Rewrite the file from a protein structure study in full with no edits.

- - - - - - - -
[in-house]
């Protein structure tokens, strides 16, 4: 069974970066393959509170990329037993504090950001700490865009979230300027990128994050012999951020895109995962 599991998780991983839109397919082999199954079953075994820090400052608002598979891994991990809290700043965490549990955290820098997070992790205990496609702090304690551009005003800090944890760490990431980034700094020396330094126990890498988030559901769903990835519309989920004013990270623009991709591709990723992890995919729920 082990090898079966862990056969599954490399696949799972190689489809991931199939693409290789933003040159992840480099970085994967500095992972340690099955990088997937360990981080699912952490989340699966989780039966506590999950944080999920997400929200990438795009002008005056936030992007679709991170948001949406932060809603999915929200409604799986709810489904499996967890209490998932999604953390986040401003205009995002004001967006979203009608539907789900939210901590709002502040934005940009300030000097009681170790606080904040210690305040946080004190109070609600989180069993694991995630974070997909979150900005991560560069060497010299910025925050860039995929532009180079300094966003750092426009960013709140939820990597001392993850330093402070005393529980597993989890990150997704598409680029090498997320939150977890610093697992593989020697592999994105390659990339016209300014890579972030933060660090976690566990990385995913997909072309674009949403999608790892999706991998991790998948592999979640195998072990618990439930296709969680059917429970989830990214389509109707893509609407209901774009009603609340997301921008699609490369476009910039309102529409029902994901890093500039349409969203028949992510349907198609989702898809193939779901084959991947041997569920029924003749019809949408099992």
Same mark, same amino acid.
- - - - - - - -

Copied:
[in-house]
């Protein structure tokens, strides 16, 4: 069974970066393959509170990329037993504090950001700490865009979230300027990128994050012999951020895109995962 599991998780991983839109397919082999199954079953075994820090400052608002598979891994991990809290700043965490549990955290820098997070992790205990496609702090304690551009005003800090944890760490990431980034700094020396330094126990890498988030559901769903990835519309989920004013990270623009991709591709990723992890995919729920 082990090898079966862990056969599954490399696949799972190689489809991931199939693409290789933003040159992840480099970085994967500095992972340690099955990088997937360990981080699912952490989340699966989780039966506590999950944080999920997400929200990438795009002008005056936030992007679709991170948001949406932060809603999915929200409604799986709810489904499996967890209490998932999604953390986040401003205009995002004001967006979203009608539907789900939210901590709002502040934005940009300030000097009681170790606080904040210690305040946080004190109070609600989180069993694991995630974070997909979150900005991560560069060497010299910025925050860039995929532009180079300094966003750092426009960013709140939820990597001392993850330093402070005393529980597993989890990150997704598409680029090498997320939150977890610093697992593989020697592999994105390659990339016209300014890579972030933060660090976690566990990385995913997909072309674009949403999608790892999706991998991790998948592999979640195998072990618990439930296709969680059917429970989830990214389509109707893509609407209901774009009603609340997301921008699609490369476009910039309102529409029902994901890093500039349409969203028949992510349907198609989702898809193939779901084959991947041997569920029924003749019809949408099992």
Same mark, same amino acid.